Book Review: Ripley’s Believe It or Not

43242446

Ripley’s Believe It or Not

*This review may contain spoilers pertaining to some content found in Ripley’s Believe It or Not, though it is minimal spoilage*

I am thus far finding Ripley’s Believe It or Not, the graphic novel, intriguing. It is different than other novels, of the graphic variety, that I have followed because it contains more than one story within its pages. I am one of the lucky NetGalley members who was approved to read this book pre-publication, and therefore, it was a free / no cost to me read. However, if I were to have purchased this, the multitude of stories has a more bang for the buck feel to it.

I think that the text is appropriate for most ages; profanity is implied with symbols @$! However, I would not give this to a small child but mid – late teens would be an appropriate audience, I think. (Keep in mind, I don’t have my own children. So, for all I know, I just became the bad aunt for giving someone’s kid a book they shouldn’t be reading). Some of the images are graphic (heeyyyooooo). For example, in the second story, the main character, Phineas Gage, gets a railroad spike through the left side his brain and face due to an explosion gone awry. Though the image is not what I would consider gory, it may still be disturbing to a young audience.

One of my favorite aspects of this novel is the use of color. In particular, I think that the illustrator did a wonderful job giving each story its own color scheme.

Overall, I most enjoyed the tidbits of history I learned from reading this entertaining piece of work, most of which I was entirely unaware. I rate this one a 3.5 – 4. Ripley’s Believe It or Not was colorful, interesting, and enlightening.

Advertisements

Book Review: Girl, Wash Your Face

My 2019 (Goodreads) reading goal is 67 books.  Between the 1st of January and today, I’ve finished 10 books via a combination of reading and listening.  I have written several reviews on GR that I have yet to post in my blog.  If you follow my blog, I apologize in advance for the multiple email notifications you are about to endure indicating that I have posted new content.

3928180328129

Girl, Wash Your Face: Stop Believing the Lies About Who You Are So You Can Become Who You Were Meant to Be

I am cognizant that the intention of this book is to uplift and empower women, buttttttttttttt it felt more like a platform for Ms. Hollis to spew her greatness. Furthermore, there’s an underlying implication that the reader is sucking at life but just unaware of their inevitable suckage.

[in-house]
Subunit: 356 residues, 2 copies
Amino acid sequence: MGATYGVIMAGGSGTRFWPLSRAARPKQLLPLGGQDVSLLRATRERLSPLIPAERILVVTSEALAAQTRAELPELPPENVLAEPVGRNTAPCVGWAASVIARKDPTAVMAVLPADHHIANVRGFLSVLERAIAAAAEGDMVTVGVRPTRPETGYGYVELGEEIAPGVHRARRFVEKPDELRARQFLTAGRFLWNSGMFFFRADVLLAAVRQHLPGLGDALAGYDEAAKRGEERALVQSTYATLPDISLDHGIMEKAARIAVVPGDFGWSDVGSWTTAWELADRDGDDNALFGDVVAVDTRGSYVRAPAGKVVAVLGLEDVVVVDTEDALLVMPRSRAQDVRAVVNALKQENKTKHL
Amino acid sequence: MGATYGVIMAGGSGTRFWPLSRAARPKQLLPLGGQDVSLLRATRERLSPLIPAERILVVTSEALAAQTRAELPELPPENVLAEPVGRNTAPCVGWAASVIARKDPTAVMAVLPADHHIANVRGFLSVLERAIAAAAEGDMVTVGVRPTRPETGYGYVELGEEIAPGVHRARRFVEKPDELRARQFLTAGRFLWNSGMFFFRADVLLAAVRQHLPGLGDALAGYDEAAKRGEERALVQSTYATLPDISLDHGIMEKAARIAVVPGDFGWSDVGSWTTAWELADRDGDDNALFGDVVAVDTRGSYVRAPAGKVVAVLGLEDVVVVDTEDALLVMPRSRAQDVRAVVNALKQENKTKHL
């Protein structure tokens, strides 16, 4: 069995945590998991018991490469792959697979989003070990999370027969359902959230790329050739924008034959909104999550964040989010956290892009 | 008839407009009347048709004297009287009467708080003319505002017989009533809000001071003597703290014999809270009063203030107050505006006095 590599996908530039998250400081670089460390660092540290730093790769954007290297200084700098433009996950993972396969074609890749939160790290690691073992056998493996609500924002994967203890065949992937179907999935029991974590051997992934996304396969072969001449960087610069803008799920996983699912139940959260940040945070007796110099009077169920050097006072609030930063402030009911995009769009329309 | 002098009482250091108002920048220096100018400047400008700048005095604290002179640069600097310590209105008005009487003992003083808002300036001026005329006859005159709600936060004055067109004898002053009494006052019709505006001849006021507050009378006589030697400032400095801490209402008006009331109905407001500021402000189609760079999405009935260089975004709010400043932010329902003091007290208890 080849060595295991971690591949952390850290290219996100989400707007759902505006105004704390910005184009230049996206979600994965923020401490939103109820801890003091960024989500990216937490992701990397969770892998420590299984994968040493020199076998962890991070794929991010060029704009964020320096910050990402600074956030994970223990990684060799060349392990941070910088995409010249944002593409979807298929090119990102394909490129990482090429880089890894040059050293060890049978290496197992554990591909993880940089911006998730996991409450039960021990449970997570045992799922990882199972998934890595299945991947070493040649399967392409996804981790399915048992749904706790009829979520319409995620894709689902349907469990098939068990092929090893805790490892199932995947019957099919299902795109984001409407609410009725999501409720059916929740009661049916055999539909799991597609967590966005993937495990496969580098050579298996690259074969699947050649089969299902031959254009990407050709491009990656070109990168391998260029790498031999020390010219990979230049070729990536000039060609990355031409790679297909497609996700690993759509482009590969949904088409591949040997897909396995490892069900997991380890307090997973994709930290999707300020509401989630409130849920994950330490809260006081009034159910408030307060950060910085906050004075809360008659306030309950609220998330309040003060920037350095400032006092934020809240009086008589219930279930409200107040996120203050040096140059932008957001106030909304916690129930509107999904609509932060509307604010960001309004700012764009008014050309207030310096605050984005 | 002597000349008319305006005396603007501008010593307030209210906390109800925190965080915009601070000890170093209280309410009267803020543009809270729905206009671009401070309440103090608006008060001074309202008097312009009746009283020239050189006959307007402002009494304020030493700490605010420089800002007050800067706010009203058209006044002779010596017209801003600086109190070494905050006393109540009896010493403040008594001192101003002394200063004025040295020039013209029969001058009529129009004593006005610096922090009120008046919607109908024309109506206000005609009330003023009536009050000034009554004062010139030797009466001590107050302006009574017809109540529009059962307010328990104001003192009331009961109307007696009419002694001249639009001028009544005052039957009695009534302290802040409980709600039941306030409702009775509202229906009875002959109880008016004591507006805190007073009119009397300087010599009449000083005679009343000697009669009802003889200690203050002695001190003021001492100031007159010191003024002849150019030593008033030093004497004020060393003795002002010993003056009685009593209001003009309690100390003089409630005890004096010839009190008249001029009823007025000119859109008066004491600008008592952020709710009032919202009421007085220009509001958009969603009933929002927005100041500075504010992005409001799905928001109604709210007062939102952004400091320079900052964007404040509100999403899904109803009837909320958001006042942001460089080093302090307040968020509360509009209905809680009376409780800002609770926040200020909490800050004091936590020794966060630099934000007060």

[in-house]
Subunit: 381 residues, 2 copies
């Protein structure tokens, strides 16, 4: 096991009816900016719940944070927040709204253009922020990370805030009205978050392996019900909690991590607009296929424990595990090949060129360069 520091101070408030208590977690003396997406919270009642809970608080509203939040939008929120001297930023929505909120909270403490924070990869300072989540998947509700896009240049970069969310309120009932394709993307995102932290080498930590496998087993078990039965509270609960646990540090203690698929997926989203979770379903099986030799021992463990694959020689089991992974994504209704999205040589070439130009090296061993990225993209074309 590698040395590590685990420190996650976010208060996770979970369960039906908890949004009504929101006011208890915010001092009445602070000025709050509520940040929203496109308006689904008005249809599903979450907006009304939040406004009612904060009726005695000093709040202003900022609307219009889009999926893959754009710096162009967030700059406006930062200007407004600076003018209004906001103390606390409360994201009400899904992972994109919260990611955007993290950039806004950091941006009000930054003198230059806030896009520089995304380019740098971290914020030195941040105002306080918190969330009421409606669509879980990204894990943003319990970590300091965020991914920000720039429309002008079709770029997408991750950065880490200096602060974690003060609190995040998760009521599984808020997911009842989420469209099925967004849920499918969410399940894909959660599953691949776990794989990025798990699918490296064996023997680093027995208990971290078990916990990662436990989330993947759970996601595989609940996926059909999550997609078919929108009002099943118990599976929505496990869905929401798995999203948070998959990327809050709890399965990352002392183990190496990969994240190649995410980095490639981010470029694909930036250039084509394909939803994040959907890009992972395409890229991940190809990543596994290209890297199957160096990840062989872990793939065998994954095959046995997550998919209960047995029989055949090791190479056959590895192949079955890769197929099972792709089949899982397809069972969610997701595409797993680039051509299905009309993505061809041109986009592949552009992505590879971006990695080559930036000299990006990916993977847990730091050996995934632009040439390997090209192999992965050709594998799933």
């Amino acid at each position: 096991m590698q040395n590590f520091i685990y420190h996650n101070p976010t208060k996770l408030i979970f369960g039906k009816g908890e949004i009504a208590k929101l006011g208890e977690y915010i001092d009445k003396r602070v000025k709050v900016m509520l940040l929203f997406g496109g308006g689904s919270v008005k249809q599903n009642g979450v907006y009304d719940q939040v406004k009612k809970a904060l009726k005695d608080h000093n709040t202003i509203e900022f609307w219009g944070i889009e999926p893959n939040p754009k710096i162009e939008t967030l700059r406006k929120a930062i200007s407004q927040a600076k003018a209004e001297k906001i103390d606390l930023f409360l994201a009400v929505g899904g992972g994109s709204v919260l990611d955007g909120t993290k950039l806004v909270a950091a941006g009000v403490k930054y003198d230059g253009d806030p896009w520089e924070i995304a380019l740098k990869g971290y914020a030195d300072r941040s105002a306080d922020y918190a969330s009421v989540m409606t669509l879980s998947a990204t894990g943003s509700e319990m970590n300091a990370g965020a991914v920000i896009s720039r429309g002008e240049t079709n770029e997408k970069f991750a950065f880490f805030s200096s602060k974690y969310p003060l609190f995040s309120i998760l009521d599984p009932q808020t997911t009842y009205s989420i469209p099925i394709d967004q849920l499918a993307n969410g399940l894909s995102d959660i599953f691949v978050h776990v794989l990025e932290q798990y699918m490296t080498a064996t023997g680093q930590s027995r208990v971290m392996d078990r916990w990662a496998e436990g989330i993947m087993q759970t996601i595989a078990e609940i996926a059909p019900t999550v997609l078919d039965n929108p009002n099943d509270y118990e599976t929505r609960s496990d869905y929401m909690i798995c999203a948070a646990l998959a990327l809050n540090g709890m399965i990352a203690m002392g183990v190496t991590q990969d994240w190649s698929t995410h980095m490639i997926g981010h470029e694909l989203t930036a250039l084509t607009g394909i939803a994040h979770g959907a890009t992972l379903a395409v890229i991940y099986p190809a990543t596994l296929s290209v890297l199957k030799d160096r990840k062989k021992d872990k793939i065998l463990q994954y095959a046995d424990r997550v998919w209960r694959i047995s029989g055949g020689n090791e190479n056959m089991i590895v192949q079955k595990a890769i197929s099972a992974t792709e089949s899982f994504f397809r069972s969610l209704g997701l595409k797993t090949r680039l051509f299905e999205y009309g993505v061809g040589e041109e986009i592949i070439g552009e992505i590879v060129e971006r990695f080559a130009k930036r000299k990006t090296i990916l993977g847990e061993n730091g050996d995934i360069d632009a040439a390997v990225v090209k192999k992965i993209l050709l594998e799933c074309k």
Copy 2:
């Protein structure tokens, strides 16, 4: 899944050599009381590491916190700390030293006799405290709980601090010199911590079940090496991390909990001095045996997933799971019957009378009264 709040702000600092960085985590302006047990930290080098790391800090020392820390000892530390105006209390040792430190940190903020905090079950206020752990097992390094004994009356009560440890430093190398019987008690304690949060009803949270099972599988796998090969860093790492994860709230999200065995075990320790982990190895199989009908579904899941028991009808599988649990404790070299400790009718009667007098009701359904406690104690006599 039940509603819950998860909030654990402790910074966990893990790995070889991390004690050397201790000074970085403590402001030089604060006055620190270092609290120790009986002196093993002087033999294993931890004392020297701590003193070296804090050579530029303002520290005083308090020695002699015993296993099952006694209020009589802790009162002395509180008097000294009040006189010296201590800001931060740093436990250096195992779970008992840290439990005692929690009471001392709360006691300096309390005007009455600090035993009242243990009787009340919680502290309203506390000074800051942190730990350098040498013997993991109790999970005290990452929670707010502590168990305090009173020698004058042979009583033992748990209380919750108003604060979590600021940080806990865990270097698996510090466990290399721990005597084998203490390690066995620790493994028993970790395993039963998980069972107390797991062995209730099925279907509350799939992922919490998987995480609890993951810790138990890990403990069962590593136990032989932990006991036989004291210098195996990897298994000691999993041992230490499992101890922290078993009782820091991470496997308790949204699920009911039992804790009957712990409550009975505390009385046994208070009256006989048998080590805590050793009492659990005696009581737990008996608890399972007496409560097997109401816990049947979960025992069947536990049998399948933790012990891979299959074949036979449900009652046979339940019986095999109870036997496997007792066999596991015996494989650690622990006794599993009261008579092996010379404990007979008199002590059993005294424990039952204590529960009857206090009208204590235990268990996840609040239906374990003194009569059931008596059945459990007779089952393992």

Girl, dismount from that high horse and shimmy on down that pedestal.

Are there a few aspects that I can relate to? Yes. I too am overworked, over tired, facing the daily grind can be a struggle, I’m riddled with stress and anxiety, and I’m not a perfect Christian. What I cannot relate to – the need to tout my perception of my own greatness. If you want to build women up, you encourage them – simple as that. You don’t rain shiznit on others’ parade because their goal isn’t buying a $1000.00 purse. Some of us feel like we’ve “made it” if we pay ALL of our bills on time in one month. Granted, I am certain that this result was entirely unintentional. I know for certain that Rachel did not sit down and ponder, “How can I make people feel really poorly about the life they already think is great, even though by my standard of living, it’s mundane and utterly ordinary and therefore, it’s wrong and baaaaadddd?”

I’m not saying that Rachel should not be proud of her accomplishments, she clearly has many under her belt – yay for you and good for you, seriously. What I’m saying is . . . don’t shove your successes down others’ throats and disguise this assault as uplifting, motivating, and inspiring. Having a successful business, writing books, and speaking keynote are all wonderful, but some people are rocking at life if they just make it through the day without giving someone a good ol’ throat punch, and that is OKay too.

*At first, I thought that perhaps my interpretation of this book is based on my own insecurities and deemed failures – this is what Rachel Hollis would have you believe, for if you don’t like what the book contains, it’s obviously on YOU and YOUR perception – it couldn’t possibly be because of her and her tone, but I digress. Like I was writing . . . originally, I thought that my dislike of the book was solely on me, but in reading copious GR reviews just now, I’m NOT the only one who was rubbed the wrong way.

I think something that Ms. Hollis should tuck under her cap and practice is BE HUMBLE.